FAQ’s

What is a feral cat?

A feral cat is a domesticated cat that has not been socialized to humans.   In many areas feral cats are now called community cats.  A colony of feral/community cats can consist of feral cats, lost cats, stray cats and abandoned cats. A lost or abandoned cat will revert to a feral state as their socialization with people diminishes.

Do you find homes for cats?

No, our organization strictly does TNR (Trap, Neuter, Return)

Do you feed cats?

No, we rely on volunteers to feed the feral cat colonies

Do you relocate cats?

No, the cats are returned to the location they are trapped. If a situation occurs that would make it dangerous for the cats to be returned to the same site as caught  we would have to then consider relocating the cats to a suitable location such as a farm or barn.

How often do cats get pregnant?

Cats can get pregnant at 5 months and can have up to 3 litters a year.

At what age should kittens be trapped and neutered?

This question varies with the veterinarians.   Many veterinarians practice early age neutering.  With this programs kittens are neutered at 2 months or 2 pounds.  Not all veterinarians are comfortable with this.   For those that are uncomfortable with the early age neutering we like to trap and neuter at 3-4 months.

Why do you tip their ears?

Ear tipping is a universal sign that identifies feral cats as having been sterilized.

Do you have a size limit on a colony that you will work with?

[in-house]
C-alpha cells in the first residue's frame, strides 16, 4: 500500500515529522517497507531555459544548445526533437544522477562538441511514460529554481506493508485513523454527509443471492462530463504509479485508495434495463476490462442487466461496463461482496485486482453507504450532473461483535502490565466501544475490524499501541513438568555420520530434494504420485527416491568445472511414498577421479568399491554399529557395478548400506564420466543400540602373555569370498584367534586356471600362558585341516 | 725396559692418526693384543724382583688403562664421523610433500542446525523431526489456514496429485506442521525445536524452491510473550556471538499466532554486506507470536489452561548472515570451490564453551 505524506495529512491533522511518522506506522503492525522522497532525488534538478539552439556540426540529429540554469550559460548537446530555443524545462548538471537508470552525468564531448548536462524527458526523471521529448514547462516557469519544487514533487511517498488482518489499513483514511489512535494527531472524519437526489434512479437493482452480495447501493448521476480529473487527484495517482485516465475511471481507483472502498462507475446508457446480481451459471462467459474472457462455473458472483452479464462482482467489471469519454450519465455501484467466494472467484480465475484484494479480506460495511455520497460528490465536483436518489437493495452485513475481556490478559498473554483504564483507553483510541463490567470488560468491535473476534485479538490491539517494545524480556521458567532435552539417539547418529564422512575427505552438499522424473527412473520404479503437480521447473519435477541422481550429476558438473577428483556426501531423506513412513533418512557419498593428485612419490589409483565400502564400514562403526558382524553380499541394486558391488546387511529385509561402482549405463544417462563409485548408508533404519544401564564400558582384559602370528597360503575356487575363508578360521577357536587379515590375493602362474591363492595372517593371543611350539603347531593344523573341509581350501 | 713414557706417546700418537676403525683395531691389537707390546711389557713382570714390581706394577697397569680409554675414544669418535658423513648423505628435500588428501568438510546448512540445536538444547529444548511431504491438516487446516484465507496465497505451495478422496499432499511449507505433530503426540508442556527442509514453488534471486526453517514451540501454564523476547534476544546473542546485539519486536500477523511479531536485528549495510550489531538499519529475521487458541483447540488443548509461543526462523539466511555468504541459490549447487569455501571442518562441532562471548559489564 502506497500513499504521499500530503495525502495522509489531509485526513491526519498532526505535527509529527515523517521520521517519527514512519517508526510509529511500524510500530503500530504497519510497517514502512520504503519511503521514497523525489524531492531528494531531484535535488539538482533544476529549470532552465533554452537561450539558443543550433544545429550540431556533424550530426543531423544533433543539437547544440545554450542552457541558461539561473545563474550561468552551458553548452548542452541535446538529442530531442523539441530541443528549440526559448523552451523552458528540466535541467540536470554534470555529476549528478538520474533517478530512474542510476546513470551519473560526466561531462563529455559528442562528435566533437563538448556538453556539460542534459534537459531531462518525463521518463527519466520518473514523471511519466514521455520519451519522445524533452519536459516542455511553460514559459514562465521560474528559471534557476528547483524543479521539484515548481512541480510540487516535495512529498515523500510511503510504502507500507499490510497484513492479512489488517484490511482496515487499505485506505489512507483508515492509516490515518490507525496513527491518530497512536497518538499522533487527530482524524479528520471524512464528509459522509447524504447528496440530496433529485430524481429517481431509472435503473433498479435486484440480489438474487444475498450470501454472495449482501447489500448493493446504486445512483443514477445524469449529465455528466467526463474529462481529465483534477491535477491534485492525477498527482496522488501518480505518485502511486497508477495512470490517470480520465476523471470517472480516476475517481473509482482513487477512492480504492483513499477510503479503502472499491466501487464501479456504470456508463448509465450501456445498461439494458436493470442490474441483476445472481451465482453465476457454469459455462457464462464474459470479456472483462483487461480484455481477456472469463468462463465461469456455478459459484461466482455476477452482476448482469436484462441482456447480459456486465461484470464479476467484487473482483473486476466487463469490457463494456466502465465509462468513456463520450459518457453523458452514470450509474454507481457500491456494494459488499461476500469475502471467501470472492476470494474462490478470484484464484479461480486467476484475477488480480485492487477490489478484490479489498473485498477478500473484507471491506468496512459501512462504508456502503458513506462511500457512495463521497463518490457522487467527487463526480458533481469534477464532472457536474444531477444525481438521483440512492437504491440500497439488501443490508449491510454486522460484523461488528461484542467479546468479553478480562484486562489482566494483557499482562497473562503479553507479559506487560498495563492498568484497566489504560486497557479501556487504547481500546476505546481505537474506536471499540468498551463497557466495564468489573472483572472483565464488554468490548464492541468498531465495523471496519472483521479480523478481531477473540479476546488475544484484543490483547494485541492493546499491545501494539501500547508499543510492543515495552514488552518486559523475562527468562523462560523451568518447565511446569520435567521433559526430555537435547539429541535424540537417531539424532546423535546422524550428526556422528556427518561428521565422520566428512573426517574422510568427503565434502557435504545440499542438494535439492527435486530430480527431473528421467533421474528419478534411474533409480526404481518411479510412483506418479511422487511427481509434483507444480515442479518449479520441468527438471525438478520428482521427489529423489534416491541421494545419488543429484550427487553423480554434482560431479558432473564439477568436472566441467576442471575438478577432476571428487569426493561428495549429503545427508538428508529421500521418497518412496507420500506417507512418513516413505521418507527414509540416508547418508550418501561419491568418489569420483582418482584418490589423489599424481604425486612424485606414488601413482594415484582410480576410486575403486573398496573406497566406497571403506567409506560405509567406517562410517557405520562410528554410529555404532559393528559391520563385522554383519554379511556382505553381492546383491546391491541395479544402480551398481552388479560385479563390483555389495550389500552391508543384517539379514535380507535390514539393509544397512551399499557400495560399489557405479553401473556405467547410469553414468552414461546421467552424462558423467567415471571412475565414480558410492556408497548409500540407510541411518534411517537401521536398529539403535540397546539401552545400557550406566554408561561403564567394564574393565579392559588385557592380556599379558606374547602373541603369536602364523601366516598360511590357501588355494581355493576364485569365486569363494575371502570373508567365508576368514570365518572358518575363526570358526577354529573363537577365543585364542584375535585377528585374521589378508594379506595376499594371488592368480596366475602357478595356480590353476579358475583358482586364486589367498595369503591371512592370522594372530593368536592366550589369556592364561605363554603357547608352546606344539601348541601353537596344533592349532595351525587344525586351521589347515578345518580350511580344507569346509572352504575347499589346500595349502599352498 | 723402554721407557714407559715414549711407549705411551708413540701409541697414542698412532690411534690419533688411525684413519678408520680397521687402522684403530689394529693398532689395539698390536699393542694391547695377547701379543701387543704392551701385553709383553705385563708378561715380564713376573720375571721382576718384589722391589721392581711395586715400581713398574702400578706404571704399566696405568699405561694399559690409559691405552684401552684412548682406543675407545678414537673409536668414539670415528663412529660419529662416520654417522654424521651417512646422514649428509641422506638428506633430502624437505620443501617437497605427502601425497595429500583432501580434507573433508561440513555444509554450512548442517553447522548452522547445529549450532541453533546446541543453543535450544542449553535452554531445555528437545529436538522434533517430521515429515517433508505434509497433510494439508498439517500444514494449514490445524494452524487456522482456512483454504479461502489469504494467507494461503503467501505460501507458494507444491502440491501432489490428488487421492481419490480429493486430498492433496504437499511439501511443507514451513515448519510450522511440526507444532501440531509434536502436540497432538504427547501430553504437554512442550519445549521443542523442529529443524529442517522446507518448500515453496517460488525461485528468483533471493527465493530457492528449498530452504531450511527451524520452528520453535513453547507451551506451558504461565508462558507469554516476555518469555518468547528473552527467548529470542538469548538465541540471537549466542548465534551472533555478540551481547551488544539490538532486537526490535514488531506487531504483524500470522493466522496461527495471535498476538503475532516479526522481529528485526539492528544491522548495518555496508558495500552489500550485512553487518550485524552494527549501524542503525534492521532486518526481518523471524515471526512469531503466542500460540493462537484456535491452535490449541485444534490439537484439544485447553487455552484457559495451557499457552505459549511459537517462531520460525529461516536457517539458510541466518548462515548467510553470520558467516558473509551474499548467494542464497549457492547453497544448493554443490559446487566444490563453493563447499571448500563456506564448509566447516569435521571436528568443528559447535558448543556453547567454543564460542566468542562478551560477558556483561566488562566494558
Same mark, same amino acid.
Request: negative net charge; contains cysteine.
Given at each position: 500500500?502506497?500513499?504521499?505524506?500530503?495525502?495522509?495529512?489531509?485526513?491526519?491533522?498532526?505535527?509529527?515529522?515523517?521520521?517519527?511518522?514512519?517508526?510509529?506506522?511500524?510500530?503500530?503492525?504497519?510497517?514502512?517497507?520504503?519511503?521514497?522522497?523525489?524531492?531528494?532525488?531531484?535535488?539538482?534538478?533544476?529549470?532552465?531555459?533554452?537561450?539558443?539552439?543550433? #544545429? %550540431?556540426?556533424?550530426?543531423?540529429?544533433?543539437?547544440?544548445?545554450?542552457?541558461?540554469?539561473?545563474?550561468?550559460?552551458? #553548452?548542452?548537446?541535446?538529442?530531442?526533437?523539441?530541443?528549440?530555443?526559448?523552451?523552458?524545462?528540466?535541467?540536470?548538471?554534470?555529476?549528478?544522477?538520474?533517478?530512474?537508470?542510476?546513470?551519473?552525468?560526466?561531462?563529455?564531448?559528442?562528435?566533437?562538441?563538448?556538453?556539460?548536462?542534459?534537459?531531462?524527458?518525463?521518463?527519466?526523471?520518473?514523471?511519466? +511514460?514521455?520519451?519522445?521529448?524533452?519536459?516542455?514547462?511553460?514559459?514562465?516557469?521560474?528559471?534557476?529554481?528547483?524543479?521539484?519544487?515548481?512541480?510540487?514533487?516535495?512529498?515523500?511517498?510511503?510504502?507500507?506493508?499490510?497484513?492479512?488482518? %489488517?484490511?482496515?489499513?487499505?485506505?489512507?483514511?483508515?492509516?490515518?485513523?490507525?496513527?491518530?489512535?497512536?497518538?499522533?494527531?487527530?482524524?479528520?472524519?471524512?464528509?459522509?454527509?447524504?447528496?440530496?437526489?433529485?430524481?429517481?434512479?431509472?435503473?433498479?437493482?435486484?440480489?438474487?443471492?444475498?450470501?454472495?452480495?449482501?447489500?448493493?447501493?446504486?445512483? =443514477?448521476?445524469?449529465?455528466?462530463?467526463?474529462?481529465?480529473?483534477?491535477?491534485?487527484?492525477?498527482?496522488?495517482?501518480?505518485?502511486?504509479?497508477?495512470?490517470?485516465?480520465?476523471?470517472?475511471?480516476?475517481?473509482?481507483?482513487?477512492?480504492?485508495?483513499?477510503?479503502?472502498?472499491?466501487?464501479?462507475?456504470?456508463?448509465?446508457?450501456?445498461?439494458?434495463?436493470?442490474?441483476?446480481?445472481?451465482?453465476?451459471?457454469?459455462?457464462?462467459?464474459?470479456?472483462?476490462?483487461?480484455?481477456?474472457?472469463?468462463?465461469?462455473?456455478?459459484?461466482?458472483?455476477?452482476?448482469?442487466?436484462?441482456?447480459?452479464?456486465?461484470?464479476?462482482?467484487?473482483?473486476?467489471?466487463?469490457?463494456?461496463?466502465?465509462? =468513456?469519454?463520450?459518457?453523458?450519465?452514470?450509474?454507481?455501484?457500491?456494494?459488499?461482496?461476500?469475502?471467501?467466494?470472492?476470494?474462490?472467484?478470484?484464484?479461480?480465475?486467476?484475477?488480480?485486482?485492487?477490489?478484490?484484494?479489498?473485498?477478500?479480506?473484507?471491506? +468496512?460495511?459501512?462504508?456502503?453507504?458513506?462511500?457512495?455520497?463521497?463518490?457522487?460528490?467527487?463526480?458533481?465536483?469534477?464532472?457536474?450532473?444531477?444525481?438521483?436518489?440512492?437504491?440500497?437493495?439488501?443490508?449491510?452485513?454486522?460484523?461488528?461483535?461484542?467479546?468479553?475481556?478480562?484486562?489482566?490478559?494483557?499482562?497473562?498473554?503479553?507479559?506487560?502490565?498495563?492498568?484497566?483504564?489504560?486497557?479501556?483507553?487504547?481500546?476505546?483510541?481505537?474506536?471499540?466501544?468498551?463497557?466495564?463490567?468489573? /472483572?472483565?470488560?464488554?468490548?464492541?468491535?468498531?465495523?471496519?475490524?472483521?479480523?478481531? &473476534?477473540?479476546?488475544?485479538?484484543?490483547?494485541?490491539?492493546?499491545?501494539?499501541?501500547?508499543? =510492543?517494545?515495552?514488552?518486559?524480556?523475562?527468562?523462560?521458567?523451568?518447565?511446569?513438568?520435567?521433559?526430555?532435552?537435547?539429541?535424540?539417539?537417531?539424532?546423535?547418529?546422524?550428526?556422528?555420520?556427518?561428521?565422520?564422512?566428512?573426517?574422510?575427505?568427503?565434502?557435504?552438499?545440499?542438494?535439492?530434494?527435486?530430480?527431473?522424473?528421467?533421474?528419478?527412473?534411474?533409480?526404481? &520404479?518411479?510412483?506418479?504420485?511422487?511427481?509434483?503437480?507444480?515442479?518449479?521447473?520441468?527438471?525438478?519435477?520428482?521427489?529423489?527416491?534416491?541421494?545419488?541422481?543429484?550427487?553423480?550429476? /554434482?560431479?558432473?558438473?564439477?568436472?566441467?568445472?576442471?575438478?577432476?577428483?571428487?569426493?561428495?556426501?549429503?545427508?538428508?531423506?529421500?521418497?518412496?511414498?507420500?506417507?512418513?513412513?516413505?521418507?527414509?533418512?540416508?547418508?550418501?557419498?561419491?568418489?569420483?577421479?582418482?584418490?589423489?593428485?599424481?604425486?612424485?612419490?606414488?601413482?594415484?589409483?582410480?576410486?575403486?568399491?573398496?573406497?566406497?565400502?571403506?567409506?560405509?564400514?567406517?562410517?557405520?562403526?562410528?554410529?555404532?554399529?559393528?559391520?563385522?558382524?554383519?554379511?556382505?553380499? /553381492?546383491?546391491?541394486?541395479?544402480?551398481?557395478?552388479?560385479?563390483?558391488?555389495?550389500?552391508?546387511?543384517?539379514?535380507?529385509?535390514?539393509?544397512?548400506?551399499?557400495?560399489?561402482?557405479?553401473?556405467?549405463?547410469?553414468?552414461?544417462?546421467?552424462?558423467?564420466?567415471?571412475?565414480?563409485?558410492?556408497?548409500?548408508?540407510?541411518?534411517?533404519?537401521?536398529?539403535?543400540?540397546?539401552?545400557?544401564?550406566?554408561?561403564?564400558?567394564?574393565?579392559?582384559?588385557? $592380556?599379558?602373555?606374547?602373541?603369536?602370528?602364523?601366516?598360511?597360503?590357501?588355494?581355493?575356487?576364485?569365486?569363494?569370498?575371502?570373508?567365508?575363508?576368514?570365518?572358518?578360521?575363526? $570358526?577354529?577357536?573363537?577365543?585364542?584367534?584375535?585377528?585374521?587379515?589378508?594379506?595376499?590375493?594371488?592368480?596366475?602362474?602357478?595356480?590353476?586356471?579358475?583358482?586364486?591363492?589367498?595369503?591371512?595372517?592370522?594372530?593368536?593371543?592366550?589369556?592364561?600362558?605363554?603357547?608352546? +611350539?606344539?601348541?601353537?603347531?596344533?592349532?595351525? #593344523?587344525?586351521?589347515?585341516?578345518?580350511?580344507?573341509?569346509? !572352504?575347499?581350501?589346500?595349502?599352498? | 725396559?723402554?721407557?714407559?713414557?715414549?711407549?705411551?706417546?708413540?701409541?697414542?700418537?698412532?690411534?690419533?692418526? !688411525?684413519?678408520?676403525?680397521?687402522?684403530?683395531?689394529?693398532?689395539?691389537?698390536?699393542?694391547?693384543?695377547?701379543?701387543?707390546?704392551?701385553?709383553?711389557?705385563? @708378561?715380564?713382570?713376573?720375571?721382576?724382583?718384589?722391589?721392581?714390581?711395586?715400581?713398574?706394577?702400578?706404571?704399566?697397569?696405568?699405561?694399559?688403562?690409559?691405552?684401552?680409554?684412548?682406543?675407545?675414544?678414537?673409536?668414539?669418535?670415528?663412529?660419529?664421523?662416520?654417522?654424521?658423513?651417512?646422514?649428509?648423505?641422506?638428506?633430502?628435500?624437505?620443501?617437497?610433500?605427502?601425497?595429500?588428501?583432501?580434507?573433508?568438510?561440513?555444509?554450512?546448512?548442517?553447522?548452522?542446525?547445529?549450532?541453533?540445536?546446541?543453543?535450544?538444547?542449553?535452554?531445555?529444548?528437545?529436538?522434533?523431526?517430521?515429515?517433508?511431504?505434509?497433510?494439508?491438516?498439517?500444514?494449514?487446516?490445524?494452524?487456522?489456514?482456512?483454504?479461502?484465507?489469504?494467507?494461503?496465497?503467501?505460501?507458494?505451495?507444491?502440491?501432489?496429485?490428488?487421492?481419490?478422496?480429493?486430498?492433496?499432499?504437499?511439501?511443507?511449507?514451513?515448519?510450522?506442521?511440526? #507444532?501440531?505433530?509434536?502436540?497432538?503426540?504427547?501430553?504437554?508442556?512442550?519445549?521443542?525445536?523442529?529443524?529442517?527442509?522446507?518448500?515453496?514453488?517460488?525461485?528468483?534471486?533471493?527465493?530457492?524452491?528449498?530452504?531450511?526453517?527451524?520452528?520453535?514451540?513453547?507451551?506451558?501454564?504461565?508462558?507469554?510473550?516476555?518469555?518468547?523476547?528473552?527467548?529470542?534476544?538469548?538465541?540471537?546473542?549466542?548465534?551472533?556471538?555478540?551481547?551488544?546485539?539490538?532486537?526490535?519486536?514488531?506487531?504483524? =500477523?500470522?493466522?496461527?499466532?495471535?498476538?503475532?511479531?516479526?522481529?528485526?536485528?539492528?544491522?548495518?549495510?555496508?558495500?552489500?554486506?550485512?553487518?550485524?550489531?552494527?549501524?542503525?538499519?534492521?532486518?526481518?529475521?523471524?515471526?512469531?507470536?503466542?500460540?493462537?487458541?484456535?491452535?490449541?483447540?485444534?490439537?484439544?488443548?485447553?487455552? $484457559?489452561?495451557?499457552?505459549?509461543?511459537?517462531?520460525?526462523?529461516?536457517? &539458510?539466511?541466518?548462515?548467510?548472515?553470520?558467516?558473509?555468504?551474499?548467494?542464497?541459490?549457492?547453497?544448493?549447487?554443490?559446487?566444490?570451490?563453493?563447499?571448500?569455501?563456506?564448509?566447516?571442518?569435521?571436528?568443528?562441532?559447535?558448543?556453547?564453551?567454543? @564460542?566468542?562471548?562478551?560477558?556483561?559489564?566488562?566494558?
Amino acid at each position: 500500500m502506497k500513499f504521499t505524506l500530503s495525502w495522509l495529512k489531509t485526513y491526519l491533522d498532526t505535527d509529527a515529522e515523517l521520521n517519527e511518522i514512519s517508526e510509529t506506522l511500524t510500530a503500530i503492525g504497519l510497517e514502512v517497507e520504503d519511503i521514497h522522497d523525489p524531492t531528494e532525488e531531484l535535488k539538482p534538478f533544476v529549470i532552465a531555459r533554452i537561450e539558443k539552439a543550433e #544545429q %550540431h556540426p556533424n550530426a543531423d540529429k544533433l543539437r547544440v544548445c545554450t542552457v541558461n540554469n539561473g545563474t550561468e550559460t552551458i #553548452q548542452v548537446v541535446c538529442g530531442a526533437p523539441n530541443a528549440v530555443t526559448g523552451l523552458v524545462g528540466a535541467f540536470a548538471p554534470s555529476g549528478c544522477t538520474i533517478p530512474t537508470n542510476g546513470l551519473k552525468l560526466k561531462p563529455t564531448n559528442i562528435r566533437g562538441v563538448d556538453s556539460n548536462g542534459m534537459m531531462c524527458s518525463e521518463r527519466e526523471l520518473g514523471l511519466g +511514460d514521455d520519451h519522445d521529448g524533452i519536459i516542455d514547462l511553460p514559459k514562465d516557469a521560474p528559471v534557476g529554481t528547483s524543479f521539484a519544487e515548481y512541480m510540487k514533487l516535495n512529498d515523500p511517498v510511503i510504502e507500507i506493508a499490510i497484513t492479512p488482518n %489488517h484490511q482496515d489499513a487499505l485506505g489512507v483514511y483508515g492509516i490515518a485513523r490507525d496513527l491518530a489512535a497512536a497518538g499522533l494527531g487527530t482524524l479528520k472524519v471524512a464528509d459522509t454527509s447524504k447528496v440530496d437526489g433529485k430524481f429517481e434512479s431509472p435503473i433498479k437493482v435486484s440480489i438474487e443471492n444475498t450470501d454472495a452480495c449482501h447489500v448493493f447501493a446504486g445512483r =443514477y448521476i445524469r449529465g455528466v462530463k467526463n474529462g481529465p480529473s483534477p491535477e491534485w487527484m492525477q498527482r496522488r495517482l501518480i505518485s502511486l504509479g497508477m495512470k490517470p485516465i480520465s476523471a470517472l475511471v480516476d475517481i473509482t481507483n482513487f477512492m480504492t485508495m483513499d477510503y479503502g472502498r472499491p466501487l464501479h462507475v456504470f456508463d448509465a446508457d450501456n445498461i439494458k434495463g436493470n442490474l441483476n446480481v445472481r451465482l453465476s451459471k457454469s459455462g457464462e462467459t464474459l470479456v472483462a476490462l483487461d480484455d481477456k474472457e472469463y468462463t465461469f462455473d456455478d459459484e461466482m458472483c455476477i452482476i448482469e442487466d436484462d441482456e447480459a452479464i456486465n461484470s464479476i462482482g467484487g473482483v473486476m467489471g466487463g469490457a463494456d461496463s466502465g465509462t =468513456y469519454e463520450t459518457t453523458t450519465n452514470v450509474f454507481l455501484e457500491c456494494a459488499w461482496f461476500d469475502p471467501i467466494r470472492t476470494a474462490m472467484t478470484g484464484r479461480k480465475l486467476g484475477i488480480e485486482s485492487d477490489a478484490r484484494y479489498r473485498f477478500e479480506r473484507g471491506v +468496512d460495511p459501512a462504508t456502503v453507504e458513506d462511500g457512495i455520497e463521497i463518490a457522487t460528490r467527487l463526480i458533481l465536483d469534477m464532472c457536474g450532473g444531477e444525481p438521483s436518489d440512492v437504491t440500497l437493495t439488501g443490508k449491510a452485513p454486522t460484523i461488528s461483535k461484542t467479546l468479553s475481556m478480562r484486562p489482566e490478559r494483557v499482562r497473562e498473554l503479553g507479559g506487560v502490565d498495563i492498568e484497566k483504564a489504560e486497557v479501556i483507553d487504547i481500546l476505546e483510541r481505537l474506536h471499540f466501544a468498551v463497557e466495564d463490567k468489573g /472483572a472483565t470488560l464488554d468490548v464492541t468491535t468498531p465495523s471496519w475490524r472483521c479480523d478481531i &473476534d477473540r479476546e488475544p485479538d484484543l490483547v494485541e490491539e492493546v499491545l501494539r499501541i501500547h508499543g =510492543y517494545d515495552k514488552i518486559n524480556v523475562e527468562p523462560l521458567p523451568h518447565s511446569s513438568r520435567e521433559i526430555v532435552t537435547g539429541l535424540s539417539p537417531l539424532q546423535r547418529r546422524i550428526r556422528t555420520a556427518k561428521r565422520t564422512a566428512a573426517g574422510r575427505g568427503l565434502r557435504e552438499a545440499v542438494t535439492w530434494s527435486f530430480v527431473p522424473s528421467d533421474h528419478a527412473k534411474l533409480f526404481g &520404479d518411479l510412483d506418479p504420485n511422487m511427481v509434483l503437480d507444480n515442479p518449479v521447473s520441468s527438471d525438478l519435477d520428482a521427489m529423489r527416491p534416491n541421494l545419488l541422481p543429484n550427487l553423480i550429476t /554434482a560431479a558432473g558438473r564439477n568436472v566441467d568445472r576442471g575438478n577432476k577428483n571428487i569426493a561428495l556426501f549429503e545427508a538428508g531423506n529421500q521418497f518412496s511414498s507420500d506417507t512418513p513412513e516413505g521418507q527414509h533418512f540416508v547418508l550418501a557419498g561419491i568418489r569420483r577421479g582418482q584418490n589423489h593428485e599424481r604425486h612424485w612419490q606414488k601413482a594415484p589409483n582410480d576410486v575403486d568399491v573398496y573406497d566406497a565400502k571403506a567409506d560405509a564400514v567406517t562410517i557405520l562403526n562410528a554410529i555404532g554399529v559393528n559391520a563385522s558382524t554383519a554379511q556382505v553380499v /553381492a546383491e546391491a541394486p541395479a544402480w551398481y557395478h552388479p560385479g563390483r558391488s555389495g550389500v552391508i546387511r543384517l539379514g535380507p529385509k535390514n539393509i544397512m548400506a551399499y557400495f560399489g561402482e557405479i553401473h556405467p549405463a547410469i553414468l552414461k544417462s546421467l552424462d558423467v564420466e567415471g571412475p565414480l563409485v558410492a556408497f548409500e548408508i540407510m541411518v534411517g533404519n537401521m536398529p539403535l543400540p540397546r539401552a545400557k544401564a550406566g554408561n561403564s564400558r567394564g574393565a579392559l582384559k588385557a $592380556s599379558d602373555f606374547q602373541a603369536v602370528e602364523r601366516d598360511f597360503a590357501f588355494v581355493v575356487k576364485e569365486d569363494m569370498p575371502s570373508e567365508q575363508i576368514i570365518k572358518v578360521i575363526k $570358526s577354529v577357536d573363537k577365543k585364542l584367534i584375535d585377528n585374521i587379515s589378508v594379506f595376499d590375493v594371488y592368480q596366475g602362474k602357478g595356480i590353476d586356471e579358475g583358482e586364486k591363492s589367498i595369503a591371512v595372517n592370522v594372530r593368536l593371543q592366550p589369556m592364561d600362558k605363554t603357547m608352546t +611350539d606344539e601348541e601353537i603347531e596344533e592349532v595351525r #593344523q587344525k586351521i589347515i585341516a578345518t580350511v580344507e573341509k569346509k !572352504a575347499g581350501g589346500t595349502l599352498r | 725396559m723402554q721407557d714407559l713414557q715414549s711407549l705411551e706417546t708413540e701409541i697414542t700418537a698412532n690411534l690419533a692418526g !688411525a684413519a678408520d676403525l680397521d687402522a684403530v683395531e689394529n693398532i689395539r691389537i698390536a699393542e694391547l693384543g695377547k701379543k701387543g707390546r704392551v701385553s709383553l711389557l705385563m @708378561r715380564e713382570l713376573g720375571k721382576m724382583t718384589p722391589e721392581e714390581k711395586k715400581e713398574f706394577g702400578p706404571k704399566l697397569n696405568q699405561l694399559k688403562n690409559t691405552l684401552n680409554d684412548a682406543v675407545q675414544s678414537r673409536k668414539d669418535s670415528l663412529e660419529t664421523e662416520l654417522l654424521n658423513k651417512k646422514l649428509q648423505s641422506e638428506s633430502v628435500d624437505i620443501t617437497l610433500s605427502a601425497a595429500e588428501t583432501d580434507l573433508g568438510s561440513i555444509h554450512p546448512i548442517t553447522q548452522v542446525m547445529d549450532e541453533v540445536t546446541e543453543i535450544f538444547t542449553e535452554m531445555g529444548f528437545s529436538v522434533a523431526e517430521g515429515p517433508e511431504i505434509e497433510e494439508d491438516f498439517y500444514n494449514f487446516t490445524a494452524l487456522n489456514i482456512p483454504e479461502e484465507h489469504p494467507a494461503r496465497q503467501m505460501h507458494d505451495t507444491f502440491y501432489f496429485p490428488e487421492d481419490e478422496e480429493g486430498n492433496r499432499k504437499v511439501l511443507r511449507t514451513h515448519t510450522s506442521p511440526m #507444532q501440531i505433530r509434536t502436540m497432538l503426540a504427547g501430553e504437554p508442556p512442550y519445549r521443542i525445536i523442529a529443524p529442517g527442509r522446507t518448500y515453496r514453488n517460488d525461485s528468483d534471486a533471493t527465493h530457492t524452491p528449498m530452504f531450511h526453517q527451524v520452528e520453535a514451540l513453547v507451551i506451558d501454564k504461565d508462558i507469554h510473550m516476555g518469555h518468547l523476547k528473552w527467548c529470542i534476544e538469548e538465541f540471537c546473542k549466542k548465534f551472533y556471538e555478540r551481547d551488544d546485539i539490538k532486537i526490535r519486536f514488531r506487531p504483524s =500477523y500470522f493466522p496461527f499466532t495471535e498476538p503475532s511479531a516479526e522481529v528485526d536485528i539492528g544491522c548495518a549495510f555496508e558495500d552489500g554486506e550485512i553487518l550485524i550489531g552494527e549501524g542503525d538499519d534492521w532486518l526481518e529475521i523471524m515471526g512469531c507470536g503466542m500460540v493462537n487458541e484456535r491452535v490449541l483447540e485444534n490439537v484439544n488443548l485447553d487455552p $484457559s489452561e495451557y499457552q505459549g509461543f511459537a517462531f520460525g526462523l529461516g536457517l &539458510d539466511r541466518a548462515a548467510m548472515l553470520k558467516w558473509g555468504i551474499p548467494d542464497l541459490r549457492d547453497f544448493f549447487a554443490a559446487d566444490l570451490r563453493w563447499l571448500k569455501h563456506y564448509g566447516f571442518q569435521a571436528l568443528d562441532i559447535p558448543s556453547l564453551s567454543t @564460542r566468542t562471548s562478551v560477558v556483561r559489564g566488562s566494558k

Typically we work on colonies with a minimum of 6 cats or more.

What is TNR?

TNR stands for Trap, Neuter, Return.  Oftentimes people say Trap, Neuter, Release but this in inaccurate.  The cats we trap are always returned to the site they were caught.  They are never simply released somewhere.   Not only is this against Alabama law but it is traumatic for the cats.

Do you ever try to socialize the cats you trap?

When kittens are under 8 weeks old they are still somewhat easy to socialize. Unfortunately foster homes and permanent homes are often difficult to come by.   If homes were available we would absolutely take on socializing kittens.   Occasionally we do trap a cat at a feral colony that was recently dumped.  We would prefer to have homes for these cats also but if no homes are available our only option is to return them.

Why not just euthanize all the cats in an area?

Euthanizing cats in an area is a temporary solution at best.  Cats are found where there is shelter and a food source.  If all the cats currently in a location are removed other cats would move into the now available location and breed to capacity very quickly.  Feral cats are here to stay.  When looking at feral colonies, the question should not be how to get rid of them but do I want a colony that breeds or does not breed.